While barhopping one night in Manhattan’s Lower East Side, 35-year-old Eric Cash, a failed writer and burned-out restaurant manager, witnesses his charismatic coworker Ike Marcus being gunned down in an attempted robbery. Arrested for the crime, Eric is released when a witness corroborates his story, but, forever changed, he starts down the path toward self-understanding. More than the crime itself, Lush Life follows the lives of hard-drinking NYPD Detective Matty Clark, the two suspected killers—abused street kids from a nearby housing project—and Ike’s anguished father, Billy, as it casts a scathing eye on the neighborhood’s violence, class inequalities, and torn social fabric. In the process, Lush Life asks tough questions about survival—and identity—in 21st-century Manhattan.
Farrar, Straus and Giroux. 456 pages. $26. ISBN: 0374299250
"Reading Lush Life … is a lot like watching a great movie, with the author as director and cameraman. … The story swirls and circles, as cops and killers and central and peripheral characters brush up against each other, often unknowingly, while the plot relentlessly winds tighter and tighter." Carole Goldberg
New York Times
"Mr. Price puts his myriad gifts together to create his most powerful and galvanic work yet, a novel that showcases his sympathy and his street cred and all his skills as a novelist and screenwriter: his gritty-lyrical prose, his cinematic sense of pacing, his uncanny knowledge of the nooks and crannies of his characters’ hearts." Michiko Kakutani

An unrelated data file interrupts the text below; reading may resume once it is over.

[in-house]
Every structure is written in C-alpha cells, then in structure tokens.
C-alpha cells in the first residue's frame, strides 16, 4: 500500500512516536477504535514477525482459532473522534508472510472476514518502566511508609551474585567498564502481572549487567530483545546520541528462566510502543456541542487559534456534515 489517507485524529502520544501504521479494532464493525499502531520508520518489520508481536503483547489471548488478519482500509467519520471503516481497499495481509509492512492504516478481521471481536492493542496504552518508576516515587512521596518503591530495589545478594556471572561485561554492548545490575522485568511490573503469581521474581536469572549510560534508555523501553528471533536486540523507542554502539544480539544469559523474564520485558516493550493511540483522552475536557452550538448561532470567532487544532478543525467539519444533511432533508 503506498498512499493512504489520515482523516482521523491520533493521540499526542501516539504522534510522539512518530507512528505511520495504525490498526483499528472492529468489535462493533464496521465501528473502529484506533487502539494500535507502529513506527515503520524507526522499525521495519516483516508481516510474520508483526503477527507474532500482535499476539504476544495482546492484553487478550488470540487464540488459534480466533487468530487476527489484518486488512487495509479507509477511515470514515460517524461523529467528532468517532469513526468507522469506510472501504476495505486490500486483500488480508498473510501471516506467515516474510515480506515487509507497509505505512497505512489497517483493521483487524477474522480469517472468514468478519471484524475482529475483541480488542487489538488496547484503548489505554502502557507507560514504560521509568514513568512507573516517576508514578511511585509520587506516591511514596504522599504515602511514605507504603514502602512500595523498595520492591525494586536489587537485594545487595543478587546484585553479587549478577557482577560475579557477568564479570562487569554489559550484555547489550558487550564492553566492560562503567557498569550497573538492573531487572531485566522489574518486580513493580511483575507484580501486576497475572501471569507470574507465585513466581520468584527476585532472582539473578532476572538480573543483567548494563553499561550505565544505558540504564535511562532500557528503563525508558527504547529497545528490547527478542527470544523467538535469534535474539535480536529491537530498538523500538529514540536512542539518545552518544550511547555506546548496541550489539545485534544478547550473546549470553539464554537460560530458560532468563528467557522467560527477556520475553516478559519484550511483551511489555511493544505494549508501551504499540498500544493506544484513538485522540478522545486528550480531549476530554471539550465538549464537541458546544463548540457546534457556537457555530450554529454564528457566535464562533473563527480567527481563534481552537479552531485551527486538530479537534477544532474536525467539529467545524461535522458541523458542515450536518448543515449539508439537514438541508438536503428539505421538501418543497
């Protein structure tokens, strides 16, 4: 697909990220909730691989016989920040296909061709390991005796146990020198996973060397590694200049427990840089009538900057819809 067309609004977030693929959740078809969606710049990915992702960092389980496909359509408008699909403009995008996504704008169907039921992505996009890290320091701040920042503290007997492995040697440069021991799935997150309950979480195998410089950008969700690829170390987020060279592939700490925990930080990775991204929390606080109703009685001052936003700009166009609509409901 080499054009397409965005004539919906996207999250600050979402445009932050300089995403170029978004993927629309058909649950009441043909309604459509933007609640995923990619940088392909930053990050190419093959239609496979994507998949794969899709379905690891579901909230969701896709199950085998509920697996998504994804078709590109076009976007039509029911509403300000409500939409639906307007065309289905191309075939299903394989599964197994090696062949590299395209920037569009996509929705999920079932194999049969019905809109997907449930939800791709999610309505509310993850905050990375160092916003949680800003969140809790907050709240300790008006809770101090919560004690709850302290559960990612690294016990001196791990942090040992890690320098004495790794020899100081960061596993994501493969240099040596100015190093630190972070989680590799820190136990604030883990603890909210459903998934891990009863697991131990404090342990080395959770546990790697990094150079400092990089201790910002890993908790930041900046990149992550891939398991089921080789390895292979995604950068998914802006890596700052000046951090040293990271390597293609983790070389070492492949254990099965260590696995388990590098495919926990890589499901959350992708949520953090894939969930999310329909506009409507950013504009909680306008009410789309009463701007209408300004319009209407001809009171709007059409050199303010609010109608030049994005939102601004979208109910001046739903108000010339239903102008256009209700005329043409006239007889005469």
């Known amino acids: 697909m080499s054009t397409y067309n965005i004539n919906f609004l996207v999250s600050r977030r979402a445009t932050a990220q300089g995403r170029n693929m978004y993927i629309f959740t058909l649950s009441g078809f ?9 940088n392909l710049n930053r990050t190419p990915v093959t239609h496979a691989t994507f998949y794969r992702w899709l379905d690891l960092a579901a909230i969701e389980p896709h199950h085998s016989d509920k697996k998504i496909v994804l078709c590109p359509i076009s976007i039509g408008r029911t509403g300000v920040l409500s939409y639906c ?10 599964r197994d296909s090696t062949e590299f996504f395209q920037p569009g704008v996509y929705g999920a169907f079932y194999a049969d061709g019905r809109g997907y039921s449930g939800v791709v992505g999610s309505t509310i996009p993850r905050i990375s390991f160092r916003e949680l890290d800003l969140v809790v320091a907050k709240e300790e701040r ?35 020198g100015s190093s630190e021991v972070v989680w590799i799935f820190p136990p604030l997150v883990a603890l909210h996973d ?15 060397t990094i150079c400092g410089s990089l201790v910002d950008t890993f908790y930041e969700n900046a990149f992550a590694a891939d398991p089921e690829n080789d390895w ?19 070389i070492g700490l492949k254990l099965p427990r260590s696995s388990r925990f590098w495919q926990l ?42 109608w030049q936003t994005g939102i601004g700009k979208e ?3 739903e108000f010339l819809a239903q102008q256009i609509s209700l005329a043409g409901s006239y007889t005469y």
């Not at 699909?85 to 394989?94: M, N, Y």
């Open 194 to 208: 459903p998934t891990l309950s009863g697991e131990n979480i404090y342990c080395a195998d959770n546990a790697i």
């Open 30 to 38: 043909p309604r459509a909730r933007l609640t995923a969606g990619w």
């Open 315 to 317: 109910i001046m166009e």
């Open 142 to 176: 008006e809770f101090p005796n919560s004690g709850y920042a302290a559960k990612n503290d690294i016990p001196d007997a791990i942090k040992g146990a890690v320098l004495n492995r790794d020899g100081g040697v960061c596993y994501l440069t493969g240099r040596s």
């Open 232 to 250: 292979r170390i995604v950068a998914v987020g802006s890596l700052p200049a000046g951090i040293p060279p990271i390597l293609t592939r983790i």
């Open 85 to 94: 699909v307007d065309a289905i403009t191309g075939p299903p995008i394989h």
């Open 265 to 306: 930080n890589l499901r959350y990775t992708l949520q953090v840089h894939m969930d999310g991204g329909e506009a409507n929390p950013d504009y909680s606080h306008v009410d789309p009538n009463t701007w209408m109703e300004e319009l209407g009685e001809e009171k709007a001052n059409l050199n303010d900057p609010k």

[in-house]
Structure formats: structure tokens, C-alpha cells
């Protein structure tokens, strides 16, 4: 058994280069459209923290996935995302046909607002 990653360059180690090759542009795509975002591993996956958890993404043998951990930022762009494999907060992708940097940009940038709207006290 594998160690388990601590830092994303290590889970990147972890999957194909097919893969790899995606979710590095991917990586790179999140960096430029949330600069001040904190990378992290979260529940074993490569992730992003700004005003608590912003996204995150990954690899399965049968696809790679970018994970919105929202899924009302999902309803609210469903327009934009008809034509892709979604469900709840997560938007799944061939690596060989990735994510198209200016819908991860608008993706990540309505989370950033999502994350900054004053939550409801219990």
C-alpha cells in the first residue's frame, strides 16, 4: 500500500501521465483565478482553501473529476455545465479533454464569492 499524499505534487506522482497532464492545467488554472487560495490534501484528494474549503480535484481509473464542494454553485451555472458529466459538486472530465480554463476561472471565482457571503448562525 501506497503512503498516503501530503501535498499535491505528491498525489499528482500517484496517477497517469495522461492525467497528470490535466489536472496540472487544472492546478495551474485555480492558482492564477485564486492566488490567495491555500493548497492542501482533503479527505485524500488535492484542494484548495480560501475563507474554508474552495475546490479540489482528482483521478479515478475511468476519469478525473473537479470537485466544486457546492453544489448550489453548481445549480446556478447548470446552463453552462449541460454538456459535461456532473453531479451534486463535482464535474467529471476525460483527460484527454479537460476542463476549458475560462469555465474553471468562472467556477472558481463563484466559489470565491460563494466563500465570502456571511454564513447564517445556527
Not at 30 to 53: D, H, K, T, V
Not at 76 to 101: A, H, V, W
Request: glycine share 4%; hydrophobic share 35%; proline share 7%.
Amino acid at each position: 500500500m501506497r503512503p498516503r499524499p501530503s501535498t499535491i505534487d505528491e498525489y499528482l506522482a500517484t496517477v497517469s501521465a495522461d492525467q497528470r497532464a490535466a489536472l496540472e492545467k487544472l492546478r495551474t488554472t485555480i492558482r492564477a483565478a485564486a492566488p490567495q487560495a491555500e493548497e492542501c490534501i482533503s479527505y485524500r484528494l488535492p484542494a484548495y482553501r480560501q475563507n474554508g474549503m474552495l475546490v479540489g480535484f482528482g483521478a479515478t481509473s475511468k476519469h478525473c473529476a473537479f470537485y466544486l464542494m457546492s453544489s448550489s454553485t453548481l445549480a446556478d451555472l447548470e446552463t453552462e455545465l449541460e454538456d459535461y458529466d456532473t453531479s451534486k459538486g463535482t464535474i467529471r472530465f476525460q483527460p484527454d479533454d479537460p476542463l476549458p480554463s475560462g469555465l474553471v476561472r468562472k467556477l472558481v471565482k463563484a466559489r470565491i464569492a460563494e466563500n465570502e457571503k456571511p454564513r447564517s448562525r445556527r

Wall Street Journal
"[N]ever before has he used his gifts together (dry comic observation, blunt dialogue, vivid characterization) as expertly as he does in this wholly credible, therefore unsparingly funny, portrait of Gotham in our own decade. It’s Bonfire of the Vanities 2.0." Kyle Smith
Cleveland Plain Dealer
"Price is funny and profane, displaying a large talent for story-telling and a genuine gift for empathy through a welter of clashing, cultural and class perspectives." Michael Kroner
Los Angeles Times
"For Price, then, the social novel is also a crime novel, or maybe it’s just that in the intersection between criminality and citizenship we get our truest sense of what the city means. … Still, for all his observations of the city and his insights into the tensions of a changing neighborhood, Price can’t quite bridge the gap between this social novel and the subtleties of real life." David L. Ulin
San Francisco Chronicle
"While Price has gotten two levels of contemporary New York down expertly—the perps and the cops—he never manages to find the poetry in the aspirers, the would-be novelists and screenwriters (the would-be Richard Prices) so intrinsic to his conception. … This is clearly a writer who has spent a lot of time hanging around precinct rooms and driving in squad cars, and he’s discovered that the talk is a lot richer in such places than in your typical Manhattan watering hole." Anthony Giardina
Richard Price deftly explores the urban world in his novels and screenwriting (Clockers, Freedomland, Samaritan, Mar/Apr 2003, and HBO’s The Wire), but critics agreed that Lush Life is perhaps his finest work of social realism yet. Compared to Tom Wolfe’s Bonfire of the Vanities for its adept intertwining of the crime and social novel, Lush Life just might be "the greater achievement" (Wall Street Journal). While offering a panoramic view of class and social tensions in Manhattan, Price also draws deep, rich characters (only one reviewer criticized the aspiring-artist persona). Price’s dialogue and interior monologues—from street slang to the vernacular—are simply stunning. A few reviewers cited some melodrama that detracted from Price’s social-realist goal, but no one disputed the perfectly executed ending.
Cited by the Critics
The Bonfire of the Vanities | Tom Wolfe (1987): In 1980s New York City, a wealthy, arrogant white bond trader hits and kills a black youth with his Mercedes—then runs from the scene. Soon, his fate converges with a Jewish DA, a British journalist, a black politician, and an angry, racially divided city.